Frequently, clients that are considering or have obtained their 07 manufacturing Federal Firearms License (FFL) inquire as to whether they must register with the Directorate of Defense Trade Control of the State Department under the Arms Export Control Act (AECA), which is implemented through the International Trafficking in Arms Regulations (ITAR). While very few 07 FFLs register under ITAR, they are generally required to do so and the Department of State is stepping enforcement of those 07 FFLs that have not registered.
22 C.F.R. Section 122.1 states, “Any person who engages in the United States in the business of either manufacturing or exporting defense articles or furnishing defense services is required to register with the Directorate of Defense Trade Controls.” The only possible exception for a manufacture, unless the item is not a defense article, is for “Persons who engage only in the fabrication of articles for experimental or scientific purpose, including research and development.” As for what constitutes a defense article, it is those items which are designated by the President and listed in the US Munitions List, pursuant to 22 C.F.R. Section 120.2. Currently, although there is a push to reform the list and remove general firearms from ITAR and move them over to the Bureau of Industry and Security under the Department of Commerce, any firearm, with the exception of a non-combat shotgun with a barrel length over 18″, are defense articles, pursuant to 22 C.F.R. Section 121.1.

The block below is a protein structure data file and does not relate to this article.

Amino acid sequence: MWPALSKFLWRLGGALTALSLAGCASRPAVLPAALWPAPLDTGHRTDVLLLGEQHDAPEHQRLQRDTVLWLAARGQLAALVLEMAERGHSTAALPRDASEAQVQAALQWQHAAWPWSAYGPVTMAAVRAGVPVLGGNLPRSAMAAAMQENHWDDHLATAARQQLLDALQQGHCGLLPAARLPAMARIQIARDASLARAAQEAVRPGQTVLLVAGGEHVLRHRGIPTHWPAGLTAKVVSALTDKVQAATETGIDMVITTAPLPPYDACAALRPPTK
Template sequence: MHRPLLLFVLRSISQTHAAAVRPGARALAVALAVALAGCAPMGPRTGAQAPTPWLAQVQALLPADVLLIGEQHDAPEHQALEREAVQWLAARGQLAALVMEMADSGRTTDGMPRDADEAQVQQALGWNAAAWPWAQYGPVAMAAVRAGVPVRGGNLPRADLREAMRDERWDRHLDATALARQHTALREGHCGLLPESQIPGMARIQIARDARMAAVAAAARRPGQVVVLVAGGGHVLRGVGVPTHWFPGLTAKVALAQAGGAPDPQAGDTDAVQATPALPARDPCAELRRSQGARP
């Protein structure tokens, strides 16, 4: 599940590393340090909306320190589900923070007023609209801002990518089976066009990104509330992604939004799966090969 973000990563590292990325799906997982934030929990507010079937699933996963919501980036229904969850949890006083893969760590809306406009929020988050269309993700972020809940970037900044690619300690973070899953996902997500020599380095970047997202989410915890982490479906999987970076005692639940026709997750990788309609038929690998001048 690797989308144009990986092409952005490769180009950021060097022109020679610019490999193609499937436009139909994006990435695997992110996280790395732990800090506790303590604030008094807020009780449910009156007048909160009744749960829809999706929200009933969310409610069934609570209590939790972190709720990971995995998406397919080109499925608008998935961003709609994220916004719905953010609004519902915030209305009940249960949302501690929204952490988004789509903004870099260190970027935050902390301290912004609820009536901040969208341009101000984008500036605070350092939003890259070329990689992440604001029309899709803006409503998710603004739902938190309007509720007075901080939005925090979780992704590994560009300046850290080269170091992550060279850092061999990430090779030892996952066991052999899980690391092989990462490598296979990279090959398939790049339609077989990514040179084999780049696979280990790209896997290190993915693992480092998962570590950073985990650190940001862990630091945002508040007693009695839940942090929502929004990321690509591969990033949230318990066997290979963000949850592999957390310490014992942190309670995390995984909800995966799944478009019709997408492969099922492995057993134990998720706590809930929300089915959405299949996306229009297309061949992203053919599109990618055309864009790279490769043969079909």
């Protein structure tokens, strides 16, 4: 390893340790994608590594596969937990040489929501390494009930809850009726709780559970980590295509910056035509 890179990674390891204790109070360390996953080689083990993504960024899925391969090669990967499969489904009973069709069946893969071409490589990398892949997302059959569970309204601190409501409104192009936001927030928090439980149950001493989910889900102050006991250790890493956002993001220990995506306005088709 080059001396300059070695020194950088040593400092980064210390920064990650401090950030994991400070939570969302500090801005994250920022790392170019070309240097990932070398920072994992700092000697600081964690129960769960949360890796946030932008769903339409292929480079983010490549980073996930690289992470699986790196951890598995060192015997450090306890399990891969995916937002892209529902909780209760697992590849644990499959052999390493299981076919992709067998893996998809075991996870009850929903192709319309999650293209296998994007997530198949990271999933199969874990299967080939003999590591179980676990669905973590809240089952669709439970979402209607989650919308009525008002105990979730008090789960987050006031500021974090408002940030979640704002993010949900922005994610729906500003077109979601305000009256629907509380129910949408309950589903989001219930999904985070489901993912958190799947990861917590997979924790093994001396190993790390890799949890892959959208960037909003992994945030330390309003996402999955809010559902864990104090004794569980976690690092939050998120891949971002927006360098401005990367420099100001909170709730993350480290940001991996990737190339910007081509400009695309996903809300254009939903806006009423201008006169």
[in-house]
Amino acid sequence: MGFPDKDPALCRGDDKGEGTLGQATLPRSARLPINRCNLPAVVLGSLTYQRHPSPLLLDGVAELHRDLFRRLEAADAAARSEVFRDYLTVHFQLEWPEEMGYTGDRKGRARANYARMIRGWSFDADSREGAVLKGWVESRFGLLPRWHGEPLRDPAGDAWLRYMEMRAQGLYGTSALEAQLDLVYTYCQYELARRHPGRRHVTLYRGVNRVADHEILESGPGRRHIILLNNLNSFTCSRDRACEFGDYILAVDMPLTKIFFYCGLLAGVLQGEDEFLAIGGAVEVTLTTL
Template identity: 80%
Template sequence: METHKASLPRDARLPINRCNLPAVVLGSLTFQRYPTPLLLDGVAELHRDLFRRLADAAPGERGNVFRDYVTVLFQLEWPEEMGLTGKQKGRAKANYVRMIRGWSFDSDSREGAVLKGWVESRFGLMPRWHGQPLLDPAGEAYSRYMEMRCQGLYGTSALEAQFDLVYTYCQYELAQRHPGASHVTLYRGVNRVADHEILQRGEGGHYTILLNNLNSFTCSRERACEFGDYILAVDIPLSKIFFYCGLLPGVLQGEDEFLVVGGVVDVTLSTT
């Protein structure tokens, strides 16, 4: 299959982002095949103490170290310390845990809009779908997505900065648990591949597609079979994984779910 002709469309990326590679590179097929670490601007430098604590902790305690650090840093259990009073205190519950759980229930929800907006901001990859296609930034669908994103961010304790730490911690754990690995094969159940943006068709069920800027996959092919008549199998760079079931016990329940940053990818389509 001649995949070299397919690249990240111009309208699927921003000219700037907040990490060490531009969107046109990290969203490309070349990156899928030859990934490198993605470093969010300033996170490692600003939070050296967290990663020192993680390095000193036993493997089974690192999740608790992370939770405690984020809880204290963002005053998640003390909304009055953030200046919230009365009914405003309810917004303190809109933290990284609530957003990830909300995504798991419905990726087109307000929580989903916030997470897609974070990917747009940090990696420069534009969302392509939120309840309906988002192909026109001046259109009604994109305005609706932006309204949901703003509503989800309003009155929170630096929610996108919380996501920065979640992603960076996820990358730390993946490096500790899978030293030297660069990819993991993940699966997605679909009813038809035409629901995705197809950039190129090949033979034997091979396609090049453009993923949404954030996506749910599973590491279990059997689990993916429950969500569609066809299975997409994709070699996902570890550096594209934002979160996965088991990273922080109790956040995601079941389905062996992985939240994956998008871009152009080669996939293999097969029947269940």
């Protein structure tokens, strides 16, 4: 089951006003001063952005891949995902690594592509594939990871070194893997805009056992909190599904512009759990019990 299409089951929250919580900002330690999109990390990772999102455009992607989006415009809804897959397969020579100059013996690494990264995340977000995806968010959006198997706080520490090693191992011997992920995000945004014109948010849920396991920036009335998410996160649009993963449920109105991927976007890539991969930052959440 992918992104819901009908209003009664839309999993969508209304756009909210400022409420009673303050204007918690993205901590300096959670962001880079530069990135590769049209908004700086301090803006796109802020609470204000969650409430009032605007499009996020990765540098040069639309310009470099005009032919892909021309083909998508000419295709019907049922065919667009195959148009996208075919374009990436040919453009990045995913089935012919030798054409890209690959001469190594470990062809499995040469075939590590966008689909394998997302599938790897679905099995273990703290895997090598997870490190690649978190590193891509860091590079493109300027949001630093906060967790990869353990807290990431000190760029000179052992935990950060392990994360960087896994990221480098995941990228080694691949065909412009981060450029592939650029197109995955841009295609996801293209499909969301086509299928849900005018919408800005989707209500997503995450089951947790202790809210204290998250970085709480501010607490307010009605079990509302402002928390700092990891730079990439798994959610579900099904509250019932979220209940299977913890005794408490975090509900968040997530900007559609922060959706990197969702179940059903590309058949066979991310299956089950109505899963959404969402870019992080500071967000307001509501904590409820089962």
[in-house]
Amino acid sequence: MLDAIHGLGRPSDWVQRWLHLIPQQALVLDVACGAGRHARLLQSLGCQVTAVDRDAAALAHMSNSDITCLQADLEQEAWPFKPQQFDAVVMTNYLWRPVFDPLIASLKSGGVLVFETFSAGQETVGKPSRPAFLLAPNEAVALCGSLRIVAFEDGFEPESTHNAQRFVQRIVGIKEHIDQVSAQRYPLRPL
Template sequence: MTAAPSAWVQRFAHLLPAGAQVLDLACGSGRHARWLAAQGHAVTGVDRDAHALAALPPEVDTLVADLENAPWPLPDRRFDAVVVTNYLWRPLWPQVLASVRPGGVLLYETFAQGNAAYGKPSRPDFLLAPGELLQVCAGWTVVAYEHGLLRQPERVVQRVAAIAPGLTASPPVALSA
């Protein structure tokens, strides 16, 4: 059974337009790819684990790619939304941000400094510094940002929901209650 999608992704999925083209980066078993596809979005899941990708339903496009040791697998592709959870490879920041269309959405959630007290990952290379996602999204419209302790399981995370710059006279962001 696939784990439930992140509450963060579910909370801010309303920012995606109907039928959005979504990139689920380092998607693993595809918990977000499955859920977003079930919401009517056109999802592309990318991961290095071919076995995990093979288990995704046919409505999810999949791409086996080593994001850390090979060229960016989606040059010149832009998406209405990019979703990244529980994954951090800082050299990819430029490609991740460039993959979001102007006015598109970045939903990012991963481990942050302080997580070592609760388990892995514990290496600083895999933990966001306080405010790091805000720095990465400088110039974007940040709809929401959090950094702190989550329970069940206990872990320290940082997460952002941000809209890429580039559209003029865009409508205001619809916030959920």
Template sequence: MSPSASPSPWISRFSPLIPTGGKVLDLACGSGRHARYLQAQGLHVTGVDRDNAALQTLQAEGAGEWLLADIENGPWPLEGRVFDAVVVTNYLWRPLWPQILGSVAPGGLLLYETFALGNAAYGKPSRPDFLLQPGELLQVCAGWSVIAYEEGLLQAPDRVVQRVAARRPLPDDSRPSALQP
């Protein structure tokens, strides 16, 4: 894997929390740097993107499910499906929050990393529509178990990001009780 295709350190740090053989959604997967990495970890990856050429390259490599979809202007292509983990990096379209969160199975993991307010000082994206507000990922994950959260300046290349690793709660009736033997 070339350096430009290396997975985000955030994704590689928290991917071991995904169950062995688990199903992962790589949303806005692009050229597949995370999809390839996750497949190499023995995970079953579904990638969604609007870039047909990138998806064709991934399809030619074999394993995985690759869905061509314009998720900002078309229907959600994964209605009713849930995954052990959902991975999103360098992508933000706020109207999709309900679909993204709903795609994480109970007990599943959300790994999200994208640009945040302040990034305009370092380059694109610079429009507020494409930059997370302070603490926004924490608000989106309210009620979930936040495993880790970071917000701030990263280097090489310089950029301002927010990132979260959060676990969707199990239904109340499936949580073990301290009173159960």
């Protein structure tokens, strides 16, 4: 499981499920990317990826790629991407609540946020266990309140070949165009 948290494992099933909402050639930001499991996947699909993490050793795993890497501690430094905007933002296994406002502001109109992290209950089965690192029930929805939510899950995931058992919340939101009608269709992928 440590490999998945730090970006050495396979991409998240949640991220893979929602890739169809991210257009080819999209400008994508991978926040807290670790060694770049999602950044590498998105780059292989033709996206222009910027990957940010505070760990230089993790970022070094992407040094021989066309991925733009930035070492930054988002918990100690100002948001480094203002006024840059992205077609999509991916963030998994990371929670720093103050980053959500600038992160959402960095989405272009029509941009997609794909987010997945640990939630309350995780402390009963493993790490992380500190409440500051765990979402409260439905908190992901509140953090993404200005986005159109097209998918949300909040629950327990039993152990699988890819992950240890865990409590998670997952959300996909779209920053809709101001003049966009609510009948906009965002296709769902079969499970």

Many manufactures refuse to register because of the annual fee of $2,250.00, as set forth by 22 C.F.R. Section 122, for those who have no need to obtain export licenses. However, several 07 FFLs have recently been contacted by the Department of State for their failure to comply with the registration requirements. The letter received states the following:
United States Department of State
Bureau of Political-Military Affairs
Directorate of Defense Trade Controls
Office of Defense Trade Controls Compliance Compliance & Registration Division
Washington, D. C. 20522-0112
To Whom It May Concern:
Section 38 of the Arms Exports Control Act (AECA) and Section 122.1 of the International Traffic in Arms Regulations (ITAR) require that persons in the business of manufacturing or exporting defense articles or defense services register with the Department of State, Directorate of Defense Trade Controls (DDTC), Office of Defense Trade Controls Compliance.
The Office of Defense Trade Controls Compliance has reason to believe that <FFL Name> is involved in the business of manufacturing and/or exporting of defense articles or defense services. An examination of information contained on the World Wide Web indicates a Manufacturing/Exporter and brokering registration may be required. A review of our records indicates that <FFL Name> is not currently registered with this Office.
Failure to register with this Office constitutes a violation of the AECA and the ITAR and could result in civil and/or criminal penalties. Therefore, it is recommended that your company respond to this Office no later than 30 days from the date of this letter. You may refer to the DDTC website, http://www.pmddtc.state.gov, to locate registration information to include the Registration Statement (DS-203Z), a sample Transmittal Letter and registration fees. The website also includes copies of tite ITAR, explanations of export licenses procedures, how to submit a license application, country sanctions, and individuals/companies debarred by the Department of State and other export matters.